Tea Party for 110
On Sunday dawned the day I served tea to the biggest tea party I have ever been involved with! This was definitely a first in my tea journey.
The occasion was to celebrate and give thanks to the Associates of Selby Gardens, all 110 of them and a bunch of tea lovers to boot! Not only that, they wanted the “Champagne of tea” Darjeeling. We selected a beautiful tea from the Tukdah Estate, which was the first flush TGFOP. I could not mess this one up!
Tea Party Prep
So, my dilemma. How to serve the perfect tasting, piping hot cup of tea to all these people? How much to make? What time to start brewing? When it boils down to it (sorry!), you just have to replicate what you do best when making tea for two. So that is just what I did, along with some helpers, of course.
I got together all the containers (one of these was a Silver Samovar, which looked fabulous) we were using. I weighed the tea in correct proportions and got the kettles boiling! We steeped the leaves twice, first for 3 mins and second for 6 mins. In my experience, this gives a well-balanced taste. It took one and a half hours to complete the process.
Tea Party Service
We delivered the tea to another building (no easy fete over the brick paving’s in the garden). Then we decanted the hot tea into very nice Silver teapots owned by some of the Associates. The tables were served tea as the guests were invited to the buffet table. Each server came back for more and more tea!
It was a brilliant feeling seeing all those people slurping Darjeeling. Sorry, Selby Associates don’t slurp, but you know what I mean. We had plenty for everyone and very little leftover tea.
It was great to receive such good comments and no negatives. Then you start to ask yourself, why did I worry so much?
“If you say you can, you will” is a great motto. And one which is working well for me this month, stir in a little love, and you have the perfect cups of tea.
So, if you are planning a BIG tea party, call yours truly.
The Tea Lady
Tea Class at Selby
February 2009 certainly got off to a busy start in my tea world! Tea Class at Selby.
Last Thursday, we had our first Tea Appreciation course at Selby Gardens as part of the Sarasota County Adult Learning Education Program. From the second floor of the Payne Mansion with a wonderful view of Sarasota Bay, the sun dazzled on the water and shining on the Ringling Bridge.
Does this sound amazing? It was!
The picture-perfect tea morning, bright and sunny but on the cool side for us wimps in Florida.
I had 16 lovely ladies attend. (Come on, you tea-loving guys, there must be some of you out there!) During our 90 minutes together, we tasted 6 different teas; 2 black, 2 green, and 2 herbals. We discussed the origin, processing, preparation, and health benefits of each tea. There was time for lots of questions and some lively discussion about brewing the perfect cuppa.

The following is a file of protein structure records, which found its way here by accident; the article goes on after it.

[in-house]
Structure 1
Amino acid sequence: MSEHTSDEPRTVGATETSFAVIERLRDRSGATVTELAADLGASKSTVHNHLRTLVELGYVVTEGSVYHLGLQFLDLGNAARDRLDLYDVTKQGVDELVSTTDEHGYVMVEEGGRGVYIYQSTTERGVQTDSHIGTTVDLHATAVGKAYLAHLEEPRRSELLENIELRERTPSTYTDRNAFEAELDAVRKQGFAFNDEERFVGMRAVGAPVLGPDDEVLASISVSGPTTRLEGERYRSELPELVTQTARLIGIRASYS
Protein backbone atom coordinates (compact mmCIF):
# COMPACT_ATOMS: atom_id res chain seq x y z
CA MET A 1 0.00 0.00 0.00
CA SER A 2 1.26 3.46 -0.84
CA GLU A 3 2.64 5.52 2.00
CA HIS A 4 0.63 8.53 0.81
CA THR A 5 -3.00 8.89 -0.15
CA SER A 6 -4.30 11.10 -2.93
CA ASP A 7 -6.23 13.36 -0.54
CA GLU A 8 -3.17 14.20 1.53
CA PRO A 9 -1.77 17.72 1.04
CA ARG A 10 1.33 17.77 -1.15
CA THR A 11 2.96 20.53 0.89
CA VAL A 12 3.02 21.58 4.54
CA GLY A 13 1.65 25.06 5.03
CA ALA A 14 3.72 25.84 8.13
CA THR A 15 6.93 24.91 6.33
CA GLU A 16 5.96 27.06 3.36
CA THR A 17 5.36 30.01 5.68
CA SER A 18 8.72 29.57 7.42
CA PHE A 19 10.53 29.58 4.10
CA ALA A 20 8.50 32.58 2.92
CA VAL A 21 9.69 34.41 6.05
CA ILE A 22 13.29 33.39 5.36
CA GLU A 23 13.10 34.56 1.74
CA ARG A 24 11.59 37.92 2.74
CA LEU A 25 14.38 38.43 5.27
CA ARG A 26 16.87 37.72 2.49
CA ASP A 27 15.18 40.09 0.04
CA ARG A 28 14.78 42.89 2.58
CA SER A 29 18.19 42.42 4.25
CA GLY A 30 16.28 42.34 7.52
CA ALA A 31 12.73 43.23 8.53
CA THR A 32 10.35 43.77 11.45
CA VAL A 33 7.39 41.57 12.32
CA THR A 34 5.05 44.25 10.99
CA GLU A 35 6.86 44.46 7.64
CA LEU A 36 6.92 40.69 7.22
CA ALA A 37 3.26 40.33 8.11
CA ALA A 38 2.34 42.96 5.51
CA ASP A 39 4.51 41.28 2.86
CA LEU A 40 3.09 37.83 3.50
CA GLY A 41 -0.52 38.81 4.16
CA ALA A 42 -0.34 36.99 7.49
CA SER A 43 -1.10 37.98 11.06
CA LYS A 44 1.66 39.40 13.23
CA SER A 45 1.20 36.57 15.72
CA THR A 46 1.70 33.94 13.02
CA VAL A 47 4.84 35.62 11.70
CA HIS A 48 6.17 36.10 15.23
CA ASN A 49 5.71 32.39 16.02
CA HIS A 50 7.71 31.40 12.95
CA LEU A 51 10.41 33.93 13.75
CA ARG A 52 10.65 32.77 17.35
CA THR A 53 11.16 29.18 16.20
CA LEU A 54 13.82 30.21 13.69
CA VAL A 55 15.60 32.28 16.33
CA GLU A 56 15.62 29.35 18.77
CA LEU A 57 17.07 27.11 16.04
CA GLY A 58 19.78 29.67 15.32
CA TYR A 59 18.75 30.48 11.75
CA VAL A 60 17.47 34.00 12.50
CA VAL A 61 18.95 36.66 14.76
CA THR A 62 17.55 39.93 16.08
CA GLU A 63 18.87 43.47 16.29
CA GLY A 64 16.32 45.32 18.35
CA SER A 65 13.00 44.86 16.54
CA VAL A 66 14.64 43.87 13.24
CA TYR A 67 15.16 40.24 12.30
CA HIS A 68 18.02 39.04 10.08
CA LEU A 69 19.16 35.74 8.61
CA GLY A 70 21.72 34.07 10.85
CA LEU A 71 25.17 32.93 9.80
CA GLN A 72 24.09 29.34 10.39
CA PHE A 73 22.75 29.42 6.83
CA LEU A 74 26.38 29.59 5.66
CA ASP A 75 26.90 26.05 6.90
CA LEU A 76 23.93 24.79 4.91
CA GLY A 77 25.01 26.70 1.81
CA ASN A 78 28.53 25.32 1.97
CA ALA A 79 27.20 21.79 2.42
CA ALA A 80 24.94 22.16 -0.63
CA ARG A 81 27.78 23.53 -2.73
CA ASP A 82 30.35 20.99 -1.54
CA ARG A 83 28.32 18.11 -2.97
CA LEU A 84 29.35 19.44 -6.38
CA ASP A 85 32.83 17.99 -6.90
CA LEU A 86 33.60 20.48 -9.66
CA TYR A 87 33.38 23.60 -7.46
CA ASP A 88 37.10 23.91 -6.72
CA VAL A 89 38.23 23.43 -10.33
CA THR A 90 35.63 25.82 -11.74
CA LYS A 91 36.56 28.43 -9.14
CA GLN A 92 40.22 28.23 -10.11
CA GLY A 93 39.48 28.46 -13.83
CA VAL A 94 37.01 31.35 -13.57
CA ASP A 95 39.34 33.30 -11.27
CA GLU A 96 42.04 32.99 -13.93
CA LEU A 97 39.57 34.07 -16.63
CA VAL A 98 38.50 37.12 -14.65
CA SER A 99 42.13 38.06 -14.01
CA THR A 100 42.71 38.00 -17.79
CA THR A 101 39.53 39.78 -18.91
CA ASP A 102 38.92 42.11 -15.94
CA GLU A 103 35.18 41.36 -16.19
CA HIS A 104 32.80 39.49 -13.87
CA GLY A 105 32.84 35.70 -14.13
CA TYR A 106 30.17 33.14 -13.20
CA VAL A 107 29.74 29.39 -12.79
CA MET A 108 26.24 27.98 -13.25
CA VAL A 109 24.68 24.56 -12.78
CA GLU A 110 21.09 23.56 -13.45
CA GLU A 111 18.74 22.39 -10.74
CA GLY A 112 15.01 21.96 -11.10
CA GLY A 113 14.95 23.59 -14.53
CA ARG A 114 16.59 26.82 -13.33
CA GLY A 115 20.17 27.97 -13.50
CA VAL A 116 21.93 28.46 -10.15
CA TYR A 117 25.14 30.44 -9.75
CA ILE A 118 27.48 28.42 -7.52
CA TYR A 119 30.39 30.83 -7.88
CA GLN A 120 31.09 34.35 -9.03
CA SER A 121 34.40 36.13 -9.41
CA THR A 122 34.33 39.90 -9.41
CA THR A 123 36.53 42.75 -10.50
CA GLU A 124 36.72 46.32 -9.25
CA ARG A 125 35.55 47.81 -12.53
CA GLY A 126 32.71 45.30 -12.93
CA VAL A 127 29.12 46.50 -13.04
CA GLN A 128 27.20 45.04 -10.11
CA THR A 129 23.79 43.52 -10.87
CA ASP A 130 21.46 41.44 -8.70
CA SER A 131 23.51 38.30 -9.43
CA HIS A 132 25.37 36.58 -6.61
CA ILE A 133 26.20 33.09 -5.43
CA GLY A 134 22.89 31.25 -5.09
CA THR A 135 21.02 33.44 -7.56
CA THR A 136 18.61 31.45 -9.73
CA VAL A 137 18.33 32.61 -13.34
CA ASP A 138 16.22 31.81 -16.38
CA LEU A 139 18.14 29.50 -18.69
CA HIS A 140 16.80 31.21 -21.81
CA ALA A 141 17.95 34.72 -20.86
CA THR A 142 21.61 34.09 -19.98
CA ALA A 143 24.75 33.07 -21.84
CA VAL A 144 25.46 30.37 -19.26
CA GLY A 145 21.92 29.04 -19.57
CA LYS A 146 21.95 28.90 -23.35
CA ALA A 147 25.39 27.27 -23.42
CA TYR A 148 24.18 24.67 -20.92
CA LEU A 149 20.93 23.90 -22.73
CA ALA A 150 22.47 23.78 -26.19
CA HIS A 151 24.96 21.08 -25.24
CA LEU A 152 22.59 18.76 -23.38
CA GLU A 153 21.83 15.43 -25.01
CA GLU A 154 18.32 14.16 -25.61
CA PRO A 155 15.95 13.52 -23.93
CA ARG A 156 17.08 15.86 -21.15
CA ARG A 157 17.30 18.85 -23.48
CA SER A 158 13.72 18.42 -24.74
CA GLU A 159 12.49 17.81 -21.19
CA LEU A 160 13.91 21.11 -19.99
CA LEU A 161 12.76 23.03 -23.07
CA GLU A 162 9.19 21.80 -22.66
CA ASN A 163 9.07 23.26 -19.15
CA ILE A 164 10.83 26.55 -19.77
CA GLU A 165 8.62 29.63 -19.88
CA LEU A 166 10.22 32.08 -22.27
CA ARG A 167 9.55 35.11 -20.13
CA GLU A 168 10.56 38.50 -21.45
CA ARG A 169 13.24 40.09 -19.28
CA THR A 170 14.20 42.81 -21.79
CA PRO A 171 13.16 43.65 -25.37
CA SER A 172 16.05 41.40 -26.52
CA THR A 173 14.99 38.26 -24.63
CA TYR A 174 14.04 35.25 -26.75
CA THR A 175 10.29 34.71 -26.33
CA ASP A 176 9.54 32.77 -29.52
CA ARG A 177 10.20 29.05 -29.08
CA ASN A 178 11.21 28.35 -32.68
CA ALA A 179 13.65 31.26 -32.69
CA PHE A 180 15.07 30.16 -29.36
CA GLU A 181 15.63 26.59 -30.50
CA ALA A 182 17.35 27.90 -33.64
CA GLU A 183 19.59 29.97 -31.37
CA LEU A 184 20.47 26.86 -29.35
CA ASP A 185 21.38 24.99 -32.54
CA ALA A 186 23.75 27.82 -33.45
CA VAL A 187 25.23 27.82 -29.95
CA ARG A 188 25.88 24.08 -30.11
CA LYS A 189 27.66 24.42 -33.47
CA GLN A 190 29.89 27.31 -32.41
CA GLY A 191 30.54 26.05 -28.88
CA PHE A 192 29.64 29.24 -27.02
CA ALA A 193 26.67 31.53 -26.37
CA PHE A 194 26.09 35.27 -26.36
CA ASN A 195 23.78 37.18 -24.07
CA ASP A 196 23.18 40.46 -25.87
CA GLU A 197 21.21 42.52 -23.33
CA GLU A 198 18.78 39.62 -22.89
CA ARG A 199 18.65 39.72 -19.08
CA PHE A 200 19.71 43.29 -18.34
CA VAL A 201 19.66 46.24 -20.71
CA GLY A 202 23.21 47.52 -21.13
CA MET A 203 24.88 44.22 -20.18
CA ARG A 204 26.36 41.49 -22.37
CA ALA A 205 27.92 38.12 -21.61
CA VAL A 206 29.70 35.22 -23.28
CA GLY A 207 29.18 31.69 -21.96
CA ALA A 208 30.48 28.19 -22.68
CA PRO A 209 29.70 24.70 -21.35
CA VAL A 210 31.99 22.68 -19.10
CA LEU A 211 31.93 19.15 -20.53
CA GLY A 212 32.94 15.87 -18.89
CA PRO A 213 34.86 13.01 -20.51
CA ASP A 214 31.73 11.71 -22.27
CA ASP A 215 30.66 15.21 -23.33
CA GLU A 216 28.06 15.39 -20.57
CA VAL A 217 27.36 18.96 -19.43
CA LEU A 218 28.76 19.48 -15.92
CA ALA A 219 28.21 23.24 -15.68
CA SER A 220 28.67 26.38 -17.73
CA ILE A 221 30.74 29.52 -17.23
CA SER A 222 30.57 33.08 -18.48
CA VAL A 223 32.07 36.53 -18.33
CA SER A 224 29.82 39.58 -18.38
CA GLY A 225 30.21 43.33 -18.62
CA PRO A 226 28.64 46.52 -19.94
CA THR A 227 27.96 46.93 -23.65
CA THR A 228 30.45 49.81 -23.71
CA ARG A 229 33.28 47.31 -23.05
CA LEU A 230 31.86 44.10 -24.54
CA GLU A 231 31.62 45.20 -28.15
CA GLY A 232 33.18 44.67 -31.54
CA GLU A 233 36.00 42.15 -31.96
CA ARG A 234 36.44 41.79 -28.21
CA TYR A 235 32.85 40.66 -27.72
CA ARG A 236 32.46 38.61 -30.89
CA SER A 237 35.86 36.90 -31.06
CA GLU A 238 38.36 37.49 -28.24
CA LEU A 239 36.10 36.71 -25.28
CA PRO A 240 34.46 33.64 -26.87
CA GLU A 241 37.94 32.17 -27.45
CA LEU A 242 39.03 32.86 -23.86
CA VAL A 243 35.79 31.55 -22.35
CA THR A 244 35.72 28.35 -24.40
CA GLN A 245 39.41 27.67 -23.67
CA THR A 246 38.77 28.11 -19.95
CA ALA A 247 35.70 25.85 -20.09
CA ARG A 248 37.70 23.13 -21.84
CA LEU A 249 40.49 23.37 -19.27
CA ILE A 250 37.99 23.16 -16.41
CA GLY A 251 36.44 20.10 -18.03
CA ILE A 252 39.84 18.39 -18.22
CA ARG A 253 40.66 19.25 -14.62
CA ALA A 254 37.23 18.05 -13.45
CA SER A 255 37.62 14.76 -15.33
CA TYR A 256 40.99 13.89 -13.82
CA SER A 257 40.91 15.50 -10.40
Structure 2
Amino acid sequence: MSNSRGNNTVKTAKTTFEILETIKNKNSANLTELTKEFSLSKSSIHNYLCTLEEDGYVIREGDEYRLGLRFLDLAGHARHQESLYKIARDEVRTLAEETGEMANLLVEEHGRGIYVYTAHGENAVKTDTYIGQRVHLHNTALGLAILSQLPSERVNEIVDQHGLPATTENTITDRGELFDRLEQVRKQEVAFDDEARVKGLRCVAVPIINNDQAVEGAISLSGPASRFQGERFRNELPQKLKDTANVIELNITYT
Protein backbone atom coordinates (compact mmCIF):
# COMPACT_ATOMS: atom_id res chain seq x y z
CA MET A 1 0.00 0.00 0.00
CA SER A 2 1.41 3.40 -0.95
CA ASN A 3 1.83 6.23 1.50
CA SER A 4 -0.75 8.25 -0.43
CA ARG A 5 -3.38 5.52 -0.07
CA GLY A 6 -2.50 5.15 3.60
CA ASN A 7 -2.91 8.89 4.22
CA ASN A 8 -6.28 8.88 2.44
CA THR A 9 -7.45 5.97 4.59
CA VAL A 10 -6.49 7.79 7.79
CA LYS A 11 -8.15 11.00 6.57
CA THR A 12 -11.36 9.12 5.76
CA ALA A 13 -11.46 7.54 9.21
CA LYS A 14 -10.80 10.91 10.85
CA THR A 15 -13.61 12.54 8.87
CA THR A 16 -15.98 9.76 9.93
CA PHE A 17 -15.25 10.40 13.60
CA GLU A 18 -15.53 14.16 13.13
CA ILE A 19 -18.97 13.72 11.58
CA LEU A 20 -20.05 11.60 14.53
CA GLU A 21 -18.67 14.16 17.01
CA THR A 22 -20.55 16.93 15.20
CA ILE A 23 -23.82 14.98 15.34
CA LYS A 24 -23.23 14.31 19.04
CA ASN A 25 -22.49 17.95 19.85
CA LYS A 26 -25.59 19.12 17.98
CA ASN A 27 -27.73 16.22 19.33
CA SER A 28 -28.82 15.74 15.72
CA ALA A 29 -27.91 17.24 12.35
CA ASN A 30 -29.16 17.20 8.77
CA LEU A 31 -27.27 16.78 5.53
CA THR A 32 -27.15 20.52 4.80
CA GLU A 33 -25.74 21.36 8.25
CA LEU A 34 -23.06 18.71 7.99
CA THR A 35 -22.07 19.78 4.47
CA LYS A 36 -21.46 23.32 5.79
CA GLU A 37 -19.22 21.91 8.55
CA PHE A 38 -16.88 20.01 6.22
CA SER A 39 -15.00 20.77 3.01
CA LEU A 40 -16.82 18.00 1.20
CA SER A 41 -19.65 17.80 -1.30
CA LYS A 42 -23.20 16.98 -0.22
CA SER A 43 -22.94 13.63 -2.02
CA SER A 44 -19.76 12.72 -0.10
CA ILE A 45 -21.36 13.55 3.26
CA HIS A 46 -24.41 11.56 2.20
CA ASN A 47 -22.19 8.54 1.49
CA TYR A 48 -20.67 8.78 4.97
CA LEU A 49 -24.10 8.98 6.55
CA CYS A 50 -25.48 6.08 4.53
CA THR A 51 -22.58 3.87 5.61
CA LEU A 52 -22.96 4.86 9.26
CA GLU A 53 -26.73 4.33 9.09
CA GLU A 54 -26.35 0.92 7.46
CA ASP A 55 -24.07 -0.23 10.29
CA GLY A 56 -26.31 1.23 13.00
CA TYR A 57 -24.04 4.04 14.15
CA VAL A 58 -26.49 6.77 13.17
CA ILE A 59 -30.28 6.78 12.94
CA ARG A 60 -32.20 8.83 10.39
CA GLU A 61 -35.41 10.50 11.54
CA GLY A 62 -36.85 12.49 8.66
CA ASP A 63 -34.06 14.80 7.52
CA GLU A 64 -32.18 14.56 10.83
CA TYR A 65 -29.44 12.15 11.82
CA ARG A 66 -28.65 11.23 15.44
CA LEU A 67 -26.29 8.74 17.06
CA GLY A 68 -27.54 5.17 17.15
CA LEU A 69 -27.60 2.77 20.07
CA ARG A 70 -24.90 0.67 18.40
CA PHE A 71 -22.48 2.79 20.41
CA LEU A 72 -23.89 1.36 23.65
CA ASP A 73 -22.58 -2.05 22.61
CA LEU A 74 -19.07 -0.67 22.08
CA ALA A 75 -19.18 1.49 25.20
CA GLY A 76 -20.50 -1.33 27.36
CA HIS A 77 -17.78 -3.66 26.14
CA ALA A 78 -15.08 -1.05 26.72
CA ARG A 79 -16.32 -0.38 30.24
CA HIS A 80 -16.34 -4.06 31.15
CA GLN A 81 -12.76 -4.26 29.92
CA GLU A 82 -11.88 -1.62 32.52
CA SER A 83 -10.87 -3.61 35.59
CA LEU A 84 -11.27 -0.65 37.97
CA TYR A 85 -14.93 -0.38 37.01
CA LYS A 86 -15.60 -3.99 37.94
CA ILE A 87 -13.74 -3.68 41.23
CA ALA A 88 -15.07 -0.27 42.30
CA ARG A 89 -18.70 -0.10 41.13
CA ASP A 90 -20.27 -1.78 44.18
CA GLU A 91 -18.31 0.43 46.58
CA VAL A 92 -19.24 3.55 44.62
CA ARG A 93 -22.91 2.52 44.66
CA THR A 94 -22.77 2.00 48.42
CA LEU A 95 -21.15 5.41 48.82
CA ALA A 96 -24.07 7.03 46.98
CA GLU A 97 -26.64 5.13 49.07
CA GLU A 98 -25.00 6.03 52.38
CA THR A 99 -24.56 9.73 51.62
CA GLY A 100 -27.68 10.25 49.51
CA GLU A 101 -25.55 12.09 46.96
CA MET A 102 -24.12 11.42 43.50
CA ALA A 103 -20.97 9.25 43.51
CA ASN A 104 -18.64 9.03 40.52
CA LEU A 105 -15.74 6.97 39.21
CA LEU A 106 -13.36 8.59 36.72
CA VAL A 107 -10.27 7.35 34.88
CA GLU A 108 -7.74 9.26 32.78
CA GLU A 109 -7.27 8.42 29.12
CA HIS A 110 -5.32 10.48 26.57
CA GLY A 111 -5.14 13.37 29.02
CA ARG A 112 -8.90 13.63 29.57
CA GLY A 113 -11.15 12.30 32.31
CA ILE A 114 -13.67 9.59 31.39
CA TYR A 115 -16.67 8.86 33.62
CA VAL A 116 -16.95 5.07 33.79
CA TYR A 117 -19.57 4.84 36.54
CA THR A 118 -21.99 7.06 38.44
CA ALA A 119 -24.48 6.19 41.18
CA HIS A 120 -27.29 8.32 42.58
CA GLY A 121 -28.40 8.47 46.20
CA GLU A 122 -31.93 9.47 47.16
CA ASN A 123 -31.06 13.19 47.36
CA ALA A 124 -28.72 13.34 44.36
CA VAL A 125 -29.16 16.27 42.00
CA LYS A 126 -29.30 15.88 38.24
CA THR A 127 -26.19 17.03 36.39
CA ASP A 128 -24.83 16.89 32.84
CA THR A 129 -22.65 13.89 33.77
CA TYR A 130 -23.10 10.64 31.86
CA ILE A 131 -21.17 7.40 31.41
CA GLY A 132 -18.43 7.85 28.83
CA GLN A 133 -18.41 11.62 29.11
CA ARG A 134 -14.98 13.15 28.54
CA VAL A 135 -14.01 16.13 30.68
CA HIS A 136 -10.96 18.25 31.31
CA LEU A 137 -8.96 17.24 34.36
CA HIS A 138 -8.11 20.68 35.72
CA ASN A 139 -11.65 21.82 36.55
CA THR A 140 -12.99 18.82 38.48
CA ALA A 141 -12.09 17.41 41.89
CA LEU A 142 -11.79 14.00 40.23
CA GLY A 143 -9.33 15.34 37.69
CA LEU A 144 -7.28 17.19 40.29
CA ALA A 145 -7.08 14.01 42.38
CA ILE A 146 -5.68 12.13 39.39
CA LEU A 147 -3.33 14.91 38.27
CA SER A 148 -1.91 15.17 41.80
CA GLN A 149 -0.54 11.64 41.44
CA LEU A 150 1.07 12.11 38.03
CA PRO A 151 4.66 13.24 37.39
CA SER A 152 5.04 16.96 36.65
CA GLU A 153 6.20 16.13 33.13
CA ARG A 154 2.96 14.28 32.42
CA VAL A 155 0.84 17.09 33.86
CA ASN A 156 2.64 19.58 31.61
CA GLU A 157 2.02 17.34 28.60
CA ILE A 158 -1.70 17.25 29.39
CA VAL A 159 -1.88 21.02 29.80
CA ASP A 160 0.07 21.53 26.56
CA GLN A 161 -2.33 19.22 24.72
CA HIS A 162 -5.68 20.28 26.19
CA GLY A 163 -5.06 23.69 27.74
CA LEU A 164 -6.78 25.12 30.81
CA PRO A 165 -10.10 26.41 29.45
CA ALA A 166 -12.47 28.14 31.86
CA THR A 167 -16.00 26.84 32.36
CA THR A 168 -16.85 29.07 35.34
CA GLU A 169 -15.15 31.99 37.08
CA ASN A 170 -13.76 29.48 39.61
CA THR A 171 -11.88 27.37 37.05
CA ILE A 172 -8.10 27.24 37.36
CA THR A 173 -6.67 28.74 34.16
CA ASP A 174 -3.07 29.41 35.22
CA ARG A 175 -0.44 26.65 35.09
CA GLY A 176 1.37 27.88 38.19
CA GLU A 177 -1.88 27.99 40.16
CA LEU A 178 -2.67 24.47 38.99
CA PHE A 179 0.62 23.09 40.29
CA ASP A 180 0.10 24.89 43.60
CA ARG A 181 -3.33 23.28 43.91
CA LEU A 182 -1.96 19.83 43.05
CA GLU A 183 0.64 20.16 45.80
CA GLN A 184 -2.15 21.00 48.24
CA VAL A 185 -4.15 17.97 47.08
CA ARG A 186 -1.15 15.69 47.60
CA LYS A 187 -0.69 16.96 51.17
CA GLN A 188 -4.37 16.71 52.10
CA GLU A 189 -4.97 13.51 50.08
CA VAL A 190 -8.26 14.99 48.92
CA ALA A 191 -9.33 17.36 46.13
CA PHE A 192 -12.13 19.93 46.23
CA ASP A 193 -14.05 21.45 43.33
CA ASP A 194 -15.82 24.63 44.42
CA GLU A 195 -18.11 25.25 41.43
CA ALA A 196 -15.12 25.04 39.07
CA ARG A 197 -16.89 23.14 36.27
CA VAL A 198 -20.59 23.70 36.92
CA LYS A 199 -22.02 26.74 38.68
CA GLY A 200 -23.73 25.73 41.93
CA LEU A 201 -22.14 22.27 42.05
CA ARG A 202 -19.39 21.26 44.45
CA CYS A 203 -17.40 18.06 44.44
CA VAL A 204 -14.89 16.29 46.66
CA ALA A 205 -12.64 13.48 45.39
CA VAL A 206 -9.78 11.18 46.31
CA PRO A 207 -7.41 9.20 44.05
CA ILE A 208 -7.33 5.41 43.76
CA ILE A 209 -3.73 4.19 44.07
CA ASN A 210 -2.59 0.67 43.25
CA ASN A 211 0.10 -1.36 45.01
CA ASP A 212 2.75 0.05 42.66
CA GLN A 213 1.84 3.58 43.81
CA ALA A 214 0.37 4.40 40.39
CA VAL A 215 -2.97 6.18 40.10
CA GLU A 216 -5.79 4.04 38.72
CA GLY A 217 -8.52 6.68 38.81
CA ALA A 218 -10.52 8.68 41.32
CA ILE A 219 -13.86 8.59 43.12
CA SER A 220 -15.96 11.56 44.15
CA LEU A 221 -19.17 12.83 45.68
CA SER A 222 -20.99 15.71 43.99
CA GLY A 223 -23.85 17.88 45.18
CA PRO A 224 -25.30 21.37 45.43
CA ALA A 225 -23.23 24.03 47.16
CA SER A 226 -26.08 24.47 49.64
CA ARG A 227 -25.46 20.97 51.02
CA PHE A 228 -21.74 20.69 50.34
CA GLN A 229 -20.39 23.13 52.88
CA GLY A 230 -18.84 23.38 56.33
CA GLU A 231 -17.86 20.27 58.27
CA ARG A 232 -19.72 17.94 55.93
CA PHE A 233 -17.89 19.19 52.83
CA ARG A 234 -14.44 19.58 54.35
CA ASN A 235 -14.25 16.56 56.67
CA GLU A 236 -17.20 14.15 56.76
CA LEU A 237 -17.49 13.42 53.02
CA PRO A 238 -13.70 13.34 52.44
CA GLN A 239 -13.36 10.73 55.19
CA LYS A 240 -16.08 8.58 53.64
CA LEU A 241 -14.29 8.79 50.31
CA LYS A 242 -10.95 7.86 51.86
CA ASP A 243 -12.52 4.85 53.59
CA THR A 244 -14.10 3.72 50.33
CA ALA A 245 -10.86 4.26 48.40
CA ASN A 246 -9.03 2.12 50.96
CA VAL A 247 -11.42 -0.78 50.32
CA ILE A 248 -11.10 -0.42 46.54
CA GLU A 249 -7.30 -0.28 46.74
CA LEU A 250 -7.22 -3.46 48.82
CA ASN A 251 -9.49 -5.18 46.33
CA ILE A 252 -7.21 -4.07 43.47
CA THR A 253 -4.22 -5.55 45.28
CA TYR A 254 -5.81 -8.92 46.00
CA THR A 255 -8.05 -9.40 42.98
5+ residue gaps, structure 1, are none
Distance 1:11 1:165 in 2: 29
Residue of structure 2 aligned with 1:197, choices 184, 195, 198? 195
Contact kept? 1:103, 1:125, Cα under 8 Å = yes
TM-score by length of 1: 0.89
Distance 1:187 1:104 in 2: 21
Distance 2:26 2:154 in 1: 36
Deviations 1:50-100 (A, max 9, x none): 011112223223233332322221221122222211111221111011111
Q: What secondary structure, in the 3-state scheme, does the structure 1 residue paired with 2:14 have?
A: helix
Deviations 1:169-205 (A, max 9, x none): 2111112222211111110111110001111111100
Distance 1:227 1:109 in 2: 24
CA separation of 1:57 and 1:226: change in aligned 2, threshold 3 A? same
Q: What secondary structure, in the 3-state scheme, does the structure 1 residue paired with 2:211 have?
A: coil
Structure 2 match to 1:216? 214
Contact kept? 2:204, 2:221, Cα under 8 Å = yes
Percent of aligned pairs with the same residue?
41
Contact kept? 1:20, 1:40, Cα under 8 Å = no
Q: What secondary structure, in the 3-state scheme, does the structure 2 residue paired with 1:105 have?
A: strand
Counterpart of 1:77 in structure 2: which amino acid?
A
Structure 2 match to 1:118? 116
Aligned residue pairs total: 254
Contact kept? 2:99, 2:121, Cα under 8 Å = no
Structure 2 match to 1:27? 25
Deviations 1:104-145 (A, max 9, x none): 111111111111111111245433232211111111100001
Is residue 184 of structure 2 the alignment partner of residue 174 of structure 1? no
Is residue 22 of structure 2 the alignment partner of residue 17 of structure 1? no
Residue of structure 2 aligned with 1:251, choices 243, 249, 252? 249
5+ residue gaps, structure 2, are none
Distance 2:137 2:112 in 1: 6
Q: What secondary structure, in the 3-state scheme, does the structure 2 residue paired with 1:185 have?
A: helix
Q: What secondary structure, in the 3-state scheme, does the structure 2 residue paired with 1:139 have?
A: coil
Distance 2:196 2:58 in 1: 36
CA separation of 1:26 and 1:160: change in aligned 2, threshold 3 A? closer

I must not forget to thank my excellent cha walla Michael, who served the tea in true airline stewardess fashion! In Indian families, ‘cha walla’ is used as a term of endearment to encourage a fellow family member to make the tea. Also, a term used in the film “Slumdog Millionaire” for the hero Jamil Malik but not with the same endearment!
As ladies are wont to do, the ladies then proceeded to our Tasting Room to sample 3 more teas.
We had 3 more ladies attend during the afternoon and had an “unplugged version” of the same class. Very up close and personal but just as much fun. A brilliant start to the month.
Watch this space, we are planning more Tea Appreciation and other Tea associated classes in the coming months, and it would be great to have you join us.
The Tea Lady
Holy Basil Tea
At our booth at the Downtown Sarasota Farmer’s Market, someone asked for Holy Basil tea. I was not familiar with this tea and did some research that you may find interesting.
Holy Basil, or the Tulsi plant, is called ‘Holy’ and is an important symbol in the Hindu religion. Tulsi means “the incomparable one,” and the plant is worshiped morning and evening. No Hindu household is considered complete without a Tulsi plant.
Apart from the religious significance of Holy Basil, the plant has many medicinal benefits. In Ayurvedic medicine, it is termed “the elixir of life” as it promotes longevity. In other words, the tea has antioxidants to boost the body’s ability to fight nasty free radicals that can cause disease and aging. It is also an adaptogen that helps the body fight stress by balancing the mind, nerves, and emotions and maintains the respiratory tract’s health.
Initially, I was curious why this customer wanted this tea. I understood the importance of this tea when I learned about the spiritual nature of Holy Basil. I am thrilled to know a bit more about another aspect of this beverage we love called tea.
The Tea Lady